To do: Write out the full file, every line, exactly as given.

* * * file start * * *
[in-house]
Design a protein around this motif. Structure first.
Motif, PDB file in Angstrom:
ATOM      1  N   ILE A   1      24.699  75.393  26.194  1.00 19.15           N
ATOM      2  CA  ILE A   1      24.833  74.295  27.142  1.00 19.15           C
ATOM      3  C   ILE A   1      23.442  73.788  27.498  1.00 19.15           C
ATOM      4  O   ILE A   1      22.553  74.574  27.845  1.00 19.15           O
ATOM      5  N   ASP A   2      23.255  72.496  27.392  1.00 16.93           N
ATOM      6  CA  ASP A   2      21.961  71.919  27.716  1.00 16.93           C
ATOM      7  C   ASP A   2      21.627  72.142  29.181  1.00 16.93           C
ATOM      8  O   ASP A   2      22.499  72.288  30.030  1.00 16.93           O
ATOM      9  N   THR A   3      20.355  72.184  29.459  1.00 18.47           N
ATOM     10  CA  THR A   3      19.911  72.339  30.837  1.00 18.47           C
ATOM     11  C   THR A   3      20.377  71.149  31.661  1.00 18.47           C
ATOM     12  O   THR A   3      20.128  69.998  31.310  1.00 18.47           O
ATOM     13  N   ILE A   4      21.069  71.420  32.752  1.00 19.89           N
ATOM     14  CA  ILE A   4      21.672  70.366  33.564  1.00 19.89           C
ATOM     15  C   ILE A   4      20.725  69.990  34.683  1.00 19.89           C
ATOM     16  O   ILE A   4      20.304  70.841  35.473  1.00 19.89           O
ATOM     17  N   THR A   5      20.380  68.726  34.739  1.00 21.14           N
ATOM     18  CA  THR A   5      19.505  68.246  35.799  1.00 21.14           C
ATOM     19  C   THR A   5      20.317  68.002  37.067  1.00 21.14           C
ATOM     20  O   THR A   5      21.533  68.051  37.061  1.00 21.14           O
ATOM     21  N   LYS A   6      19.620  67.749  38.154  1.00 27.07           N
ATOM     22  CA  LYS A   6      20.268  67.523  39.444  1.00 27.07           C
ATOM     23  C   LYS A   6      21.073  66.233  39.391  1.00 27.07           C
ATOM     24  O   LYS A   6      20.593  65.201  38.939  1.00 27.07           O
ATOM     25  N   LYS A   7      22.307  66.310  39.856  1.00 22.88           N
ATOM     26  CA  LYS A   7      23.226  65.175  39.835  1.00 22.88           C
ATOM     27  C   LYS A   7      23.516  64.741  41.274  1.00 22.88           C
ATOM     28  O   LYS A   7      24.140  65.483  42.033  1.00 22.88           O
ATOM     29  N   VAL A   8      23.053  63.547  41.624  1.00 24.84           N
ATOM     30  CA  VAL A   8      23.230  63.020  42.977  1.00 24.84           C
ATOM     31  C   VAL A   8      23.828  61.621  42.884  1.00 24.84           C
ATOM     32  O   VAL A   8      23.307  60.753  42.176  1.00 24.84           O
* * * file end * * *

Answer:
[in-house]
Design a protein around this motif. Structure first.
Motif, PDB file in Angstrom:
ATOM      1  N   ILE A   1      24.699  75.393  26.194  1.00 19.15           N
ATOM      2  CA  ILE A   1      24.833  74.295  27.142  1.00 19.15           C
ATOM      3  C   ILE A   1      23.442  73.788  27.498  1.00 19.15           C
ATOM      4  O   ILE A   1      22.553  74.574  27.845  1.00 19.15           O
ATOM      5  N   ASP A   2      23.255  72.496  27.392  1.00 16.93           N
ATOM      6  CA  ASP A   2      21.961  71.919  27.716  1.00 16.93           C
ATOM      7  C   ASP A   2      21.627  72.142  29.181  1.00 16.93           C
ATOM      8  O   ASP A   2      22.499  72.288  30.030  1.00 16.93           O
ATOM      9  N   THR A   3      20.355  72.184  29.459  1.00 18.47           N
ATOM     10  CA  THR A   3      19.911  72.339  30.837  1.00 18.47           C
ATOM     11  C   THR A   3      20.377  71.149  31.661  1.00 18.47           C
ATOM     12  O   THR A   3      20.128  69.998  31.310  1.00 18.47           O
ATOM     13  N   ILE A   4      21.069  71.420  32.752  1.00 19.89           N
ATOM     14  CA  ILE A   4      21.672  70.366  33.564  1.00 19.89           C
ATOM     15  C   ILE A   4      20.725  69.990  34.683  1.00 19.89           C
ATOM     16  O   ILE A   4      20.304  70.841  35.473  1.00 19.89           O
ATOM     17  N   THR A   5      20.380  68.726  34.739  1.00 21.14           N
ATOM     18  CA  THR A   5      19.505  68.246  35.799  1.00 21.14           C
ATOM     19  C   THR A   5      20.317  68.002  37.067  1.00 21.14           C
ATOM     20  O   THR A   5      21.533  68.051  37.061  1.00 21.14           O
ATOM     21  N   LYS A   6      19.620  67.749  38.154  1.00 27.07           N
ATOM     22  CA  LYS A   6      20.268  67.523  39.444  1.00 27.07           C
ATOM     23  C   LYS A   6      21.073  66.233  39.391  1.00 27.07           C
ATOM     24  O   LYS A   6      20.593  65.201  38.939  1.00 27.07           O
ATOM     25  N   LYS A   7      22.307  66.310  39.856  1.00 22.88           N
ATOM     26  CA  LYS A   7      23.226  65.175  39.835  1.00 22.88           C
ATOM     27  C   LYS A   7      23.516  64.741  41.274  1.00 22.88           C
ATOM     28  O   LYS A   7      24.140  65.483  42.033  1.00 22.88           O
ATOM     29  N   VAL A   8      23.053  63.547  41.624  1.00 24.84           N
ATOM     30  CA  VAL A   8      23.230  63.020  42.977  1.00 24.84           C
ATOM     31  C   VAL A   8      23.828  61.621  42.884  1.00 24.84           C
ATOM     32  O   VAL A   8      23.307  60.753  42.176  1.00 24.84           O